Can you rehearse too much?

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It should be obvious that you have to rehearse your presentation before you give it. Although, given the fact that I'm often seeing speaker overrun their time slot, I have to wonder if it's really something many speakers do. I get the impression that not rehearsing (at all or earnestly) is the number two reason for going over time (number one would be trying to cram too much content into the presentation).

Assuming you do rehearse: Is there an upper limit to rehearsing? I.e. can you rehearse too much?

What to rehearse

Obviously, you should be rehearsing your entire talk a few times, so that you know how long it will take and so that you get a feeling for its flow. You can also define milestones this way: "20 minutes in, I should be at this point" or "When I get to this slide, I should have 15 minutes left". These milestones will help you adjust the talk in case you're about to run out of time, i.e. so that you can skip things to make up for unplanned events, such as discussions that took longer than expected.

The two parts of your presentation that you should be rehearsing a few extra times are the beginning and the end. You will have the audience's full attention at the beginning, so you want to make best use of that phase to start with an important point that you want your audience to remember. This will work better when you're more confident and therefore more convincing. It will also help your own confidence and reduce your nervousness; I find that a smooth opening helps me get into the flow of the presentation more easily and any nervousness will evaporate quickly.

The end of the presentation is just as important since the audience will remember the end very well, too. So again this is something that you should have down pat. A strong end will also make it clear to the audience that the talk is really over and that they can applaud now.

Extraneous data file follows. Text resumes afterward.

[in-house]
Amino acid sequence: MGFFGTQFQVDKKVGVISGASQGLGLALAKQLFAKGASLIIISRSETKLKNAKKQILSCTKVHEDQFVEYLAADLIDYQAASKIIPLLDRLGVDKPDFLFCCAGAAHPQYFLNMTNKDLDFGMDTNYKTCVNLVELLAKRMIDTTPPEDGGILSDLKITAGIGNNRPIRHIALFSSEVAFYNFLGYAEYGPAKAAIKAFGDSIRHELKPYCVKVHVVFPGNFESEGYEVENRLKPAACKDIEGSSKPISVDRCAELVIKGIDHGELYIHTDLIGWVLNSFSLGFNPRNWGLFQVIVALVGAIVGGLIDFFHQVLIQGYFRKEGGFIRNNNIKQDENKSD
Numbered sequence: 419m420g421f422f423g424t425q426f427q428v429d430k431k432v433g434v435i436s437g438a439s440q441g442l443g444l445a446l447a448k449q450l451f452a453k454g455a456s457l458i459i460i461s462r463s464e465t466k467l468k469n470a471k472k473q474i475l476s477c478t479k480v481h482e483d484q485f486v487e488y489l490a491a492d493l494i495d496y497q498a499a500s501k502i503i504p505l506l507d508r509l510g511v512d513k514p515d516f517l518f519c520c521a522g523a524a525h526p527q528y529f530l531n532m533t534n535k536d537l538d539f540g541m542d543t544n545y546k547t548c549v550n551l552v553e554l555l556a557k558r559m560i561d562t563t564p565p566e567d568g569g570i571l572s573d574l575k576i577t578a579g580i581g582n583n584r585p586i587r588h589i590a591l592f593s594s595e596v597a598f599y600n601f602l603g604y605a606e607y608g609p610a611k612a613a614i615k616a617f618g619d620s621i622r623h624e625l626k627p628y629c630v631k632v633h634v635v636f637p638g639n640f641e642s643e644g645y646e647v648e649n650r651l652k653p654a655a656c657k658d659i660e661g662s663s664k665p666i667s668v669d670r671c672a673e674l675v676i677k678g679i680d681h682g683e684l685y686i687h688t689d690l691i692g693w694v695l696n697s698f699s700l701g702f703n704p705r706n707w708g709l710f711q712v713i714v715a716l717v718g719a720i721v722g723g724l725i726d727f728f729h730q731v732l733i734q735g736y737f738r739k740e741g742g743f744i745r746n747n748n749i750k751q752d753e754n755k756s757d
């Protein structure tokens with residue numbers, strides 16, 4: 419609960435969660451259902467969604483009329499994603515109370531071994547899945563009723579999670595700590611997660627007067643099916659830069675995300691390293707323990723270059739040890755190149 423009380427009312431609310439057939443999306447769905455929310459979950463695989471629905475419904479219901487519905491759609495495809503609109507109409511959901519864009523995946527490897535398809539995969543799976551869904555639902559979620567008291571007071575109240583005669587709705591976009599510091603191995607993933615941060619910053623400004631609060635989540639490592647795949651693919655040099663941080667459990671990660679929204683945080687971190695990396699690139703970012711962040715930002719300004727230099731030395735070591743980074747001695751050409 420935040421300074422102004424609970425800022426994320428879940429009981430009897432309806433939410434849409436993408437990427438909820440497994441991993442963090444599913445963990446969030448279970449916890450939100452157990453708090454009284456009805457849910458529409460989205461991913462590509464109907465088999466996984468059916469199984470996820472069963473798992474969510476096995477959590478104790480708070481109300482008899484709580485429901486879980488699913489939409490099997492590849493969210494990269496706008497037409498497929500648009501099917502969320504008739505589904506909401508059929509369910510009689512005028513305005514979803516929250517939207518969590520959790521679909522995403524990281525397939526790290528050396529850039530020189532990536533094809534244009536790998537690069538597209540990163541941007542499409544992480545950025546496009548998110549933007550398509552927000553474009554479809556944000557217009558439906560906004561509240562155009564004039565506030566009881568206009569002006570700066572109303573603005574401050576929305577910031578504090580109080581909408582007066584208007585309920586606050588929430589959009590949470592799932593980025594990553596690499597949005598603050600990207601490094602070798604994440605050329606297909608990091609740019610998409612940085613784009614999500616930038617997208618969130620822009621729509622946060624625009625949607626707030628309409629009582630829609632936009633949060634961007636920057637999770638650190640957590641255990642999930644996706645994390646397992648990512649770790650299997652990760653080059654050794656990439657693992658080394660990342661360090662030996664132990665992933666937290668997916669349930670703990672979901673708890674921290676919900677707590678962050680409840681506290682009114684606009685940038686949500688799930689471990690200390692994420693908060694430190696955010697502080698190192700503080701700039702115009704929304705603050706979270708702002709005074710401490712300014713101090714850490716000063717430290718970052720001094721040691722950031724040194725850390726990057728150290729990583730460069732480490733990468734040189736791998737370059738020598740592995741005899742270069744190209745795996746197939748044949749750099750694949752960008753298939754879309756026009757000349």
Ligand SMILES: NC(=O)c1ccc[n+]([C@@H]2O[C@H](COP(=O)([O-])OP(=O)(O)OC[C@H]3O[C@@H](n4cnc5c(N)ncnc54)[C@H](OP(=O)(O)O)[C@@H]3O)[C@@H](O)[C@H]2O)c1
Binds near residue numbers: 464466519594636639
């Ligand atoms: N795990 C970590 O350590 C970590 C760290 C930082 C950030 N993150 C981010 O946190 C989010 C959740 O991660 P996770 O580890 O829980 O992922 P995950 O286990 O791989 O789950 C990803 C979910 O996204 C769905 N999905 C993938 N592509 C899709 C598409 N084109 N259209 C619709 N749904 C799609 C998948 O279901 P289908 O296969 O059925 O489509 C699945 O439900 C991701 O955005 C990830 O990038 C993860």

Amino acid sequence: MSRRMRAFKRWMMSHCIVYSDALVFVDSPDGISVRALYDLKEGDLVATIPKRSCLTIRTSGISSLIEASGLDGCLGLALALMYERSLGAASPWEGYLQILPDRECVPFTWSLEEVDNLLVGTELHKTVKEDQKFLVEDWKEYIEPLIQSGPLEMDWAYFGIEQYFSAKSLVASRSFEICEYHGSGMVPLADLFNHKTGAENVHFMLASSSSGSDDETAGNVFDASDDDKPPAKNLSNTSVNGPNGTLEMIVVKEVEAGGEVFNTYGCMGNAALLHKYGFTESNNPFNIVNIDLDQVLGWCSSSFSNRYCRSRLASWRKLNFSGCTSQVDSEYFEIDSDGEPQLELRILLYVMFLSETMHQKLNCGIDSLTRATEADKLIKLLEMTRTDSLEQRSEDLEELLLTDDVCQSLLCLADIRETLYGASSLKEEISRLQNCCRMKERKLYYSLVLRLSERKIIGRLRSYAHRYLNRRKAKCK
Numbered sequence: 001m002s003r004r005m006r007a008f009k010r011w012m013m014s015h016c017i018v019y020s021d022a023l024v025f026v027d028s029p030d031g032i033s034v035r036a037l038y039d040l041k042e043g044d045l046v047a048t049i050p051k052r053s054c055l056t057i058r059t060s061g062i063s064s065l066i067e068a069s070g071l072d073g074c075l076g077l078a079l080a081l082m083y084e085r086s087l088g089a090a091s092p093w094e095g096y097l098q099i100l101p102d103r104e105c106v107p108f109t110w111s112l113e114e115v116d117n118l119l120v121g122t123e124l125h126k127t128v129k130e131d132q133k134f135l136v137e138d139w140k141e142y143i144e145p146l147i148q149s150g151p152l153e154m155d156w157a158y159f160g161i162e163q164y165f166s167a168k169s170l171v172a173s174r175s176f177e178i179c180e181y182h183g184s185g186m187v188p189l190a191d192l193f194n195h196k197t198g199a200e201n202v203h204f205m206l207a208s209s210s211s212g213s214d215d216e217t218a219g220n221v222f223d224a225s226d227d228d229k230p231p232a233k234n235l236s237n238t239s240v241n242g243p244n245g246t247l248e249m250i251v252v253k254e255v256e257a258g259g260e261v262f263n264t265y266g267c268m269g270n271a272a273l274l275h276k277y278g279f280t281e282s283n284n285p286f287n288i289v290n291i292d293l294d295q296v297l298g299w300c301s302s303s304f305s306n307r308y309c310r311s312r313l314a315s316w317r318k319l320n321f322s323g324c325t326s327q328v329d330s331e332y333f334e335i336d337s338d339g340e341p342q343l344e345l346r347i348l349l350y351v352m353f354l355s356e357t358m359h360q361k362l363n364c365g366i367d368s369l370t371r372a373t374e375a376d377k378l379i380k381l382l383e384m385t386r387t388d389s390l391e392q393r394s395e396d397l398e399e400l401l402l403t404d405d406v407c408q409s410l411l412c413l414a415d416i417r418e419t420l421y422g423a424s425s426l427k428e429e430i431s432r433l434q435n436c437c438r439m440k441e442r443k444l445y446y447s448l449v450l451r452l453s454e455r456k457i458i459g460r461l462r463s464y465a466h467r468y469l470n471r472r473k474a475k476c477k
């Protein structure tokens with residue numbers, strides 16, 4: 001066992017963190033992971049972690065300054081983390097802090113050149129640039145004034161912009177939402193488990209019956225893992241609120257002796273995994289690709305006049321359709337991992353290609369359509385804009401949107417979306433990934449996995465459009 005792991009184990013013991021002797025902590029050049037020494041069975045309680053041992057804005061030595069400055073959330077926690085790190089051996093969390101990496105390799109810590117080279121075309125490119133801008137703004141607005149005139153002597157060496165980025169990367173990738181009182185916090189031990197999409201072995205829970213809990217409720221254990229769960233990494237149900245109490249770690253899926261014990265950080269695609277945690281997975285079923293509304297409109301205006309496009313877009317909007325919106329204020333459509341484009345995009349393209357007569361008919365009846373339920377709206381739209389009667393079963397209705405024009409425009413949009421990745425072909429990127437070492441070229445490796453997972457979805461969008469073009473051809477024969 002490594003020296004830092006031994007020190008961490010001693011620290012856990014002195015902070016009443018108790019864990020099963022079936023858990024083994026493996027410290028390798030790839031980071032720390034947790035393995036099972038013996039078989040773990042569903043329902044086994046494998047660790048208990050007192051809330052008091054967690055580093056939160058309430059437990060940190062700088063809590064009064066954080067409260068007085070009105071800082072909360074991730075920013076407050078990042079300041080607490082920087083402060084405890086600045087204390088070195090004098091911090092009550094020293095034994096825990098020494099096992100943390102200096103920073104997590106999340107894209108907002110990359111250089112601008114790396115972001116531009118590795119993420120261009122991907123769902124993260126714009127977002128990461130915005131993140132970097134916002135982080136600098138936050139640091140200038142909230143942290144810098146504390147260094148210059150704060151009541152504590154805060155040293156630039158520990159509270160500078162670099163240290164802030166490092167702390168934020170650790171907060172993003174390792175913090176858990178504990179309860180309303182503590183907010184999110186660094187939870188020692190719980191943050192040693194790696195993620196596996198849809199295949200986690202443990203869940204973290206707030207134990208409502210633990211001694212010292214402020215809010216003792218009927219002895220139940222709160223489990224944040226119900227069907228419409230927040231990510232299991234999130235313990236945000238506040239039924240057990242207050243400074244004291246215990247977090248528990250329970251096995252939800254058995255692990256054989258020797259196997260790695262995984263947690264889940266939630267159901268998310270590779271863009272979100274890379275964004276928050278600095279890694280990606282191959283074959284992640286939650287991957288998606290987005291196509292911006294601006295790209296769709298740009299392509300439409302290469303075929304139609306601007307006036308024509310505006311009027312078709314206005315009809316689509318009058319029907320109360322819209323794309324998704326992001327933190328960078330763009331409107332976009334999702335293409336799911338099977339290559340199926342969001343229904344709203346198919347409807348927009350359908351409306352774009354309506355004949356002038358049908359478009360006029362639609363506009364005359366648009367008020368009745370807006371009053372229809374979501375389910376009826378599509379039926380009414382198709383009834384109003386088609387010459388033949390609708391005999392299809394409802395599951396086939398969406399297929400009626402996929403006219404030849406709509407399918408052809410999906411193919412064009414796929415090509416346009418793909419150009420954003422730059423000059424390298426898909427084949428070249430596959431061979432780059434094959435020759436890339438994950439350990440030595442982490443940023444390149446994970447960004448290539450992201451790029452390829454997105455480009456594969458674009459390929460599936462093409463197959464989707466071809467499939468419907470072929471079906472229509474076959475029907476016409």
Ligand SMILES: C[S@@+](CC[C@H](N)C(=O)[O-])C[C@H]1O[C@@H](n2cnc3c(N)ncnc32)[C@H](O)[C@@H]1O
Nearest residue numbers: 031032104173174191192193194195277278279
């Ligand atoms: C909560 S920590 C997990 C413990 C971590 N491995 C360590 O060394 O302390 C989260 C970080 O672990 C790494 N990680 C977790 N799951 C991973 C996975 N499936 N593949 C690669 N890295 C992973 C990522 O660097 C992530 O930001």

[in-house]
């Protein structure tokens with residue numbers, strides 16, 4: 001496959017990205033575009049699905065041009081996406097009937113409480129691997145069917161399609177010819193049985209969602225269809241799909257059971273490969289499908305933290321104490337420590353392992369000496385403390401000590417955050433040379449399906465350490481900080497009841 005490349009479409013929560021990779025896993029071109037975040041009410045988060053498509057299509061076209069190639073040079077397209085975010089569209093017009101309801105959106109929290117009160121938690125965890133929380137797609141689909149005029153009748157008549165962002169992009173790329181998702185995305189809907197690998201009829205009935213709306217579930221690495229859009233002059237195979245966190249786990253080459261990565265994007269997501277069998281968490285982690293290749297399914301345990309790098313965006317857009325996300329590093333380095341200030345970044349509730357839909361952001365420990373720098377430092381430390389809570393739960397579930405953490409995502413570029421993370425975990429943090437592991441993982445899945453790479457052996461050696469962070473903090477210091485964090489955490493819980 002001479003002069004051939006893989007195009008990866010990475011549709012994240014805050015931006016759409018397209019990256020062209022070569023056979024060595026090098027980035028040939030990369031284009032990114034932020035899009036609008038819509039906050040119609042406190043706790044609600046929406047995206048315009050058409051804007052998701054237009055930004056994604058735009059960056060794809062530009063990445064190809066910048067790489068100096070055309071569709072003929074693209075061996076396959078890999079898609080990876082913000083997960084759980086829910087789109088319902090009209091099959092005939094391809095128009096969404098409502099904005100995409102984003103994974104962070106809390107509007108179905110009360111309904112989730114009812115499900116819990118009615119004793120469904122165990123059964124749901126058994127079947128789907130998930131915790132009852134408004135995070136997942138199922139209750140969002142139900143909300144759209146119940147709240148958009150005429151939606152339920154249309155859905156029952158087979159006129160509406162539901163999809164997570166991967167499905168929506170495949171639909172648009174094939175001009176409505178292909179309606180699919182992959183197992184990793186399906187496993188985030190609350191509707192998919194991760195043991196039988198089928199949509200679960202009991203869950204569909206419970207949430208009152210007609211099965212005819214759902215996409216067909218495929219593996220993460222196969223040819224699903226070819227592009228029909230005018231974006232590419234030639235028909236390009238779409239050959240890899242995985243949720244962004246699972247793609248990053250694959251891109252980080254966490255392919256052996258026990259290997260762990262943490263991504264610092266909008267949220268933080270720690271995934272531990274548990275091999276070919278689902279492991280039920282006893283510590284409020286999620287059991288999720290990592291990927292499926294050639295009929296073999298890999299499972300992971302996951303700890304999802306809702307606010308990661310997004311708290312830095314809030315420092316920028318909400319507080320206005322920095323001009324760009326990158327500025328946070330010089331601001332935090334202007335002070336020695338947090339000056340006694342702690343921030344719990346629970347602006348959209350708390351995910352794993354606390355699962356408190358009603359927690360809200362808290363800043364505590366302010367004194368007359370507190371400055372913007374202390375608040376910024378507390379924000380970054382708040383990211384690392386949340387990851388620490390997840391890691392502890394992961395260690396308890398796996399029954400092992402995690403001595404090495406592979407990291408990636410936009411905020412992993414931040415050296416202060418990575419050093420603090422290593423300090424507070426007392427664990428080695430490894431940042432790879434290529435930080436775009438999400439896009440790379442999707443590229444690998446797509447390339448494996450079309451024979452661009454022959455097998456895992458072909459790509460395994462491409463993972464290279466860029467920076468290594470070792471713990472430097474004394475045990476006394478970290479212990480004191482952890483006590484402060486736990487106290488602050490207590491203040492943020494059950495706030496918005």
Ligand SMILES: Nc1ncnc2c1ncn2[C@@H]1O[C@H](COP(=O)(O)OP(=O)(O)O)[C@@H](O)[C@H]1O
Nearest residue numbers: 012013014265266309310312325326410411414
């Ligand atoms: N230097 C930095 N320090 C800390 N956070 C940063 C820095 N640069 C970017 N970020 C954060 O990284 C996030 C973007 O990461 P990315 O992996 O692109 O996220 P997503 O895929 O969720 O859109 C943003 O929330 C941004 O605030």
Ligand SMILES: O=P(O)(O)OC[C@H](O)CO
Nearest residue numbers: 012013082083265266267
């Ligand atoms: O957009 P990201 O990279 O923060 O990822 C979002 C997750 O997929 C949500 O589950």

The bits in the middle

So what about the part between the beginning and the end? There will usually be a couple of important points and transitions that you want to make sure to get right for maximum effect.

For the rest, I'd say that as long as you know what you're going to be talking about, you don't have to rehearse them a lot. I have a few presentations that I have given several times now and I find that I always phrase things a little differently each time. And that's fine! As long as you don't forget anything of importance, it doesn't matter. On the contrary, it will come across as more natural, even if you make a few mistakes along the line. If you rehearse a lot, you risk ending up reciting practised lines which can come across as less natural, too "smooth“, and therefore less convincing.

To summarise

It's important to rehearse, there's no doubt about that. It is especially important to rehearse the beginning, end, and important points in the middle. For the rest, assuming you did rehearse the entire presentation a few times, it's better not to overdo it.

(Image Credit: at the ballet dress rehearsal : san francisco opera house (2012) by torbakhopper, from Flickr, CC-BY)

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